Prince Rupert Loewenstein, the former business manager of The Rolling Stones, has died aged 80.

Prince Rupert Loewenstein, the former business manager of The Rolling Stones, has died aged 80.

The Bavarian banker, full name Rupert Louis Ferdinand Frederick Constantine Lofredo Leopold Herbert Maximilian Hubert John Henry zu Loewenstein-Wertheim-Freudenberg, was the long-term financial advisor to the band for 40 years. He is understood to have died peacefully in the early hours of yesterday (May 20) after a battle with a long illness, reports Music Week.

In an article in Forbes, Keith Richards called Loewenstein “the mastermind of our setup.”

Loewenstein is credited with turning around the band’s financial fortunes. During almost four decades of handling the Stones’ affairs he helped Mick Jagger alone amass an estimated fortune of £200 million.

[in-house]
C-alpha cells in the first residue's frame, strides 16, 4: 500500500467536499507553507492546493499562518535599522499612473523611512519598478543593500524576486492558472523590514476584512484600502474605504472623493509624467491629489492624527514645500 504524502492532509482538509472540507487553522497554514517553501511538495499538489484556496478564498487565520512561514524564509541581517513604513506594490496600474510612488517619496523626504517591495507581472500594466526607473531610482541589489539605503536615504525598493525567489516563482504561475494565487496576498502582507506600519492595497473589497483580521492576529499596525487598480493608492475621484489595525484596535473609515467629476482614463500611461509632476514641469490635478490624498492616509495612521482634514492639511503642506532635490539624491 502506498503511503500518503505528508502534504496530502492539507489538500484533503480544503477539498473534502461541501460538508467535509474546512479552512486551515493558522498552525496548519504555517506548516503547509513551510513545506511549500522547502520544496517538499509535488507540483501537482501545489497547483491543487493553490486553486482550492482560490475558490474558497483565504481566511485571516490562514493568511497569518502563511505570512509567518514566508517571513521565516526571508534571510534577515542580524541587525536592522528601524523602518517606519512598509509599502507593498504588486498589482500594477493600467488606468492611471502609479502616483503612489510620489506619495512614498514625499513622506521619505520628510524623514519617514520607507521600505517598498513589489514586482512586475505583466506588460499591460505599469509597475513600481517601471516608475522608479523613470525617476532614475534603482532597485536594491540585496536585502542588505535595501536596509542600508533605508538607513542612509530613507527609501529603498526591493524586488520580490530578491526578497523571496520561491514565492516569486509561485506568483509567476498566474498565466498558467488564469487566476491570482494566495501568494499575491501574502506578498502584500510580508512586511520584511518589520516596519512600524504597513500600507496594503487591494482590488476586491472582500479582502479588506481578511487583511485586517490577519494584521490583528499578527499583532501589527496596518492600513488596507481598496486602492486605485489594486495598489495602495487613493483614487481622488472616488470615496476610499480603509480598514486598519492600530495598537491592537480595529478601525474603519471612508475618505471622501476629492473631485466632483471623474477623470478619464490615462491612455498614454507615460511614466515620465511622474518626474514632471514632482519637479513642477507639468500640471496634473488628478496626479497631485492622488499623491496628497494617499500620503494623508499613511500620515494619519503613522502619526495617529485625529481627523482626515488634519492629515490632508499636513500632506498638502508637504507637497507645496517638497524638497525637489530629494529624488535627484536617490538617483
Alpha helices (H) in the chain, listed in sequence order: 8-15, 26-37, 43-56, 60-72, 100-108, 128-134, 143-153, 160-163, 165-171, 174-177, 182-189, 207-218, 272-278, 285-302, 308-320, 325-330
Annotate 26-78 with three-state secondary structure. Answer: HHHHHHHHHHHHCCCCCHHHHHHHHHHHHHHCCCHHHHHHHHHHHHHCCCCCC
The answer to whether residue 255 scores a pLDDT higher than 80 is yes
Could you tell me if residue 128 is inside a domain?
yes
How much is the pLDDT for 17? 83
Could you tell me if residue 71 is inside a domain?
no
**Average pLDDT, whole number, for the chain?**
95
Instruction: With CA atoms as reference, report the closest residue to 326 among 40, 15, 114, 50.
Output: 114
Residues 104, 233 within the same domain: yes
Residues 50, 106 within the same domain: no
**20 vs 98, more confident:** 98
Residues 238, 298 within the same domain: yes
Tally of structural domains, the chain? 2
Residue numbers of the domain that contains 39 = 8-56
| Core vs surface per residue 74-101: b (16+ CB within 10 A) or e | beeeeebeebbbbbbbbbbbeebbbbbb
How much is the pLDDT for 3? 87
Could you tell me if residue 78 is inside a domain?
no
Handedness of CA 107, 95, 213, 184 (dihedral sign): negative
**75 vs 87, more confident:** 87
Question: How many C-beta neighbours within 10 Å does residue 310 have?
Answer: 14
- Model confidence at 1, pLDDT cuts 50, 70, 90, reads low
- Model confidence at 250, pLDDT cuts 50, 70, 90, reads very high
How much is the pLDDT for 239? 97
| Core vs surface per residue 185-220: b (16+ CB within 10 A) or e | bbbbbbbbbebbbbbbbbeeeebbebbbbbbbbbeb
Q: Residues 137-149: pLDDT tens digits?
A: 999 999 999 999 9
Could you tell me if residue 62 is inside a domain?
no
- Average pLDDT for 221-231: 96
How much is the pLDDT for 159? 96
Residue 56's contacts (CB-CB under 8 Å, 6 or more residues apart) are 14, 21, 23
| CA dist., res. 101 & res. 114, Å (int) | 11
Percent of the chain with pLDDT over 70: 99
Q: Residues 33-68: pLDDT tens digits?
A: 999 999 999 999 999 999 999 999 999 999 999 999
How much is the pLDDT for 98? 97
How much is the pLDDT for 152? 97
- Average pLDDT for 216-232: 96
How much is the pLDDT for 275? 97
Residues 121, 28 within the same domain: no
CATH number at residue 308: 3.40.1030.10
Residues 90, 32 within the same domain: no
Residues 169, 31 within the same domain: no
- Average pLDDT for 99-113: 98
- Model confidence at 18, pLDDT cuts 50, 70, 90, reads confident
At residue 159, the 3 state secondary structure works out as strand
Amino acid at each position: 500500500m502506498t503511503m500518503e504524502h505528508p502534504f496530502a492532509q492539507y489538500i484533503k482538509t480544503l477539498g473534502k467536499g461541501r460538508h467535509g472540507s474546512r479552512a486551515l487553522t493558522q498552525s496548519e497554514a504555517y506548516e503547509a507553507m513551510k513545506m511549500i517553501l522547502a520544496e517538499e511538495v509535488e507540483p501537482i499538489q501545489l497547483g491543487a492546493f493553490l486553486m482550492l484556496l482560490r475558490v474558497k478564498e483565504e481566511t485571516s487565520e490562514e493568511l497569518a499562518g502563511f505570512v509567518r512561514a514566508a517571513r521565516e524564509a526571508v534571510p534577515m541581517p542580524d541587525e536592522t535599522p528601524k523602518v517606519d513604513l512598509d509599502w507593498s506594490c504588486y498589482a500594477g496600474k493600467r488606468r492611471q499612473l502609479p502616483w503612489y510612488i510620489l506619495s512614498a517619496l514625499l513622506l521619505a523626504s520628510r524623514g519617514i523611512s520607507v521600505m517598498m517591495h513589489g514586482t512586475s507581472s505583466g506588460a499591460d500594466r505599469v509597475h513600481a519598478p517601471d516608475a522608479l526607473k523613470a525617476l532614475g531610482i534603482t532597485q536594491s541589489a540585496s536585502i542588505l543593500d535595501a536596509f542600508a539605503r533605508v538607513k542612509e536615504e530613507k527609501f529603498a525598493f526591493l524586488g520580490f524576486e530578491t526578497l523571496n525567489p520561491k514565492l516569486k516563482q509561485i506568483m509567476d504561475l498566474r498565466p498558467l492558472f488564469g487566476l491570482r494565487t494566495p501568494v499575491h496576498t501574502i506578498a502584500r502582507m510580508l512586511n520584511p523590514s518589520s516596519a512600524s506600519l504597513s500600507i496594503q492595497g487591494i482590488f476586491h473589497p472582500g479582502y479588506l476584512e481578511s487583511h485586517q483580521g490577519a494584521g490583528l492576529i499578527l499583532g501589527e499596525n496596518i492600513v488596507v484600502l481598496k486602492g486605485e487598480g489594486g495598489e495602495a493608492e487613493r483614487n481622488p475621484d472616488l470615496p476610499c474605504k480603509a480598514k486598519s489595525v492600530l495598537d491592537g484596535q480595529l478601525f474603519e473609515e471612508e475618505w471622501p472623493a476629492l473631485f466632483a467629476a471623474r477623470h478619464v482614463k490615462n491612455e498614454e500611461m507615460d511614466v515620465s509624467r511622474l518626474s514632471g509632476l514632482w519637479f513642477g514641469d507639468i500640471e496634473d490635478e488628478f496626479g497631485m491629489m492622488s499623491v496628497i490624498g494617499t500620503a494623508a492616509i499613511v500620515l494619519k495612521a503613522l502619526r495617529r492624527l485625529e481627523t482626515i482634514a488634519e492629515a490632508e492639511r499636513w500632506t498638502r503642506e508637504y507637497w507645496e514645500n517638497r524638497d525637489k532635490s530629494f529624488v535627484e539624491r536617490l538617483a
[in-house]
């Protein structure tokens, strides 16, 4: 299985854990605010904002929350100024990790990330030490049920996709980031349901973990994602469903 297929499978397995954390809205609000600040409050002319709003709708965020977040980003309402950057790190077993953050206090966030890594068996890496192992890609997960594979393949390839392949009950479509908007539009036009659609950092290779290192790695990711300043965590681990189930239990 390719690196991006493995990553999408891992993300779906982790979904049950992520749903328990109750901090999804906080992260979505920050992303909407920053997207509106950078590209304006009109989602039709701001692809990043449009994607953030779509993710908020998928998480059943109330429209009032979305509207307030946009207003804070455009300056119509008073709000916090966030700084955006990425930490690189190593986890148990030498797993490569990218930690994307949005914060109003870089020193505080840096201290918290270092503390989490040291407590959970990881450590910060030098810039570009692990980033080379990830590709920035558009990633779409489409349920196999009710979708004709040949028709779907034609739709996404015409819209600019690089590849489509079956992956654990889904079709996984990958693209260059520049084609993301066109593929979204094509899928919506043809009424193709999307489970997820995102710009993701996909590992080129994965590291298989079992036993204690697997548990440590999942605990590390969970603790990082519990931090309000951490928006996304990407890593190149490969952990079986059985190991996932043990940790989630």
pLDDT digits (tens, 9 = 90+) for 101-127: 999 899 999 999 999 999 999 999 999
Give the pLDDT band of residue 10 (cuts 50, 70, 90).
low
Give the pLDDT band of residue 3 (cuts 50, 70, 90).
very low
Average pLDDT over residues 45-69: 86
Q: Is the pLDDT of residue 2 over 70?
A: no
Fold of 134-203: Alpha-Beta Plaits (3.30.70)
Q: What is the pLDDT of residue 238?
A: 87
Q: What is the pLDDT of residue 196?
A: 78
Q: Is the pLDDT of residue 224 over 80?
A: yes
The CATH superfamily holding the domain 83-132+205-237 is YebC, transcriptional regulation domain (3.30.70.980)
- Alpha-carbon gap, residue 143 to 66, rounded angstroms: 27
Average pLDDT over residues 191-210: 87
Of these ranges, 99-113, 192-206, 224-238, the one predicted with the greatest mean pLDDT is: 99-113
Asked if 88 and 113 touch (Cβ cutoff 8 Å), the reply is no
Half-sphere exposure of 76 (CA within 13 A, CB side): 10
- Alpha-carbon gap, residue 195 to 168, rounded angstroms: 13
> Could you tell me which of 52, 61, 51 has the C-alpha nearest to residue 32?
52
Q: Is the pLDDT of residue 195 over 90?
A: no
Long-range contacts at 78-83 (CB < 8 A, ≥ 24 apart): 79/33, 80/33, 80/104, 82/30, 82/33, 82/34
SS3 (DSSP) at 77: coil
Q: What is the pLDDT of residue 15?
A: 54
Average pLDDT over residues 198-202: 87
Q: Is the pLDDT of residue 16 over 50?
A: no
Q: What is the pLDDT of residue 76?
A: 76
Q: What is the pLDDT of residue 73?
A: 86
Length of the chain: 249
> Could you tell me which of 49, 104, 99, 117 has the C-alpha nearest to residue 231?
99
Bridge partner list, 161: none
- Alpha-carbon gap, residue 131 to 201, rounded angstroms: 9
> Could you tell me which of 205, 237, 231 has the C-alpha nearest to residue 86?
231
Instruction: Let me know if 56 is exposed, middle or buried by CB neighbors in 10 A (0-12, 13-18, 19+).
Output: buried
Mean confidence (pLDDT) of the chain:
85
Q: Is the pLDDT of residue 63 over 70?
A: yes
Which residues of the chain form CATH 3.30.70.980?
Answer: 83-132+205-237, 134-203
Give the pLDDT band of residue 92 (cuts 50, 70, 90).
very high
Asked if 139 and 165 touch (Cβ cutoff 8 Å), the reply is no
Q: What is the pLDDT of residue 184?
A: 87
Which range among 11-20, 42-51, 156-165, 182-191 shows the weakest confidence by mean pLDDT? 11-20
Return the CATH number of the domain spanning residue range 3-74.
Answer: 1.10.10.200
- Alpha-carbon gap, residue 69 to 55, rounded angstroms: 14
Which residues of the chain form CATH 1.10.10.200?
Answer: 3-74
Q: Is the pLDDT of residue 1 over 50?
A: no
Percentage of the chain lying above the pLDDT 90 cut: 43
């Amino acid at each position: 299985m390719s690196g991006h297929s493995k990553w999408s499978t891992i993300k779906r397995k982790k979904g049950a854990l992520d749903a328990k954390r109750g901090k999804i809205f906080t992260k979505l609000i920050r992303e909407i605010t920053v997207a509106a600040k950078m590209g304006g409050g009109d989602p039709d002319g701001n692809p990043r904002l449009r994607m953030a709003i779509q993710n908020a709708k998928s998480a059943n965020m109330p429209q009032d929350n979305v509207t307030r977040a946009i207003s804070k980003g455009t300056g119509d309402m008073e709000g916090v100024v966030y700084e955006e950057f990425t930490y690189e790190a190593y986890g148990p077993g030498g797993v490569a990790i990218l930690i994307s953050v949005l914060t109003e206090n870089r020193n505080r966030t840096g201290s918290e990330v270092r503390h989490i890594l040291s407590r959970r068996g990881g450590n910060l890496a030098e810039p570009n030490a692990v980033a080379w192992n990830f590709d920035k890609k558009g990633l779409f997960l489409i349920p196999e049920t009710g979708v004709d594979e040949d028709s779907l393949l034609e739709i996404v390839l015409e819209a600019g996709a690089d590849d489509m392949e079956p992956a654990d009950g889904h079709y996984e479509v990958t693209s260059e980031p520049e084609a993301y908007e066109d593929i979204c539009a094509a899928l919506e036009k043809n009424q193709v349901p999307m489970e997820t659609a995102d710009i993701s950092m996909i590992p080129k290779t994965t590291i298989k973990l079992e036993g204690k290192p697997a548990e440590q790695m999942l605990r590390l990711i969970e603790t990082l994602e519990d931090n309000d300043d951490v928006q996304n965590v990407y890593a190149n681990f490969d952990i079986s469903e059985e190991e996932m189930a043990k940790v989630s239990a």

Loewenstein, the managing director of the merchant bank Leopold Joseph & Co, was invited to look after the Stones finances at the personal invitation of Jagger. His advice in the early 1970s prompted the band to abandon their UK residence for the south of France, helping them save millions while becoming Britain’s first musical tax exiles. He ended his business relationship with the band four decades later, in 2007.

He was born in Majorca in 1933 to Prince Leopold of the royal house of Wittelsbach, but was educated in England and studied History at Magdalen College in Oxford before going on to work in the City.

His funeral will be held on Friday (May 30) in London.

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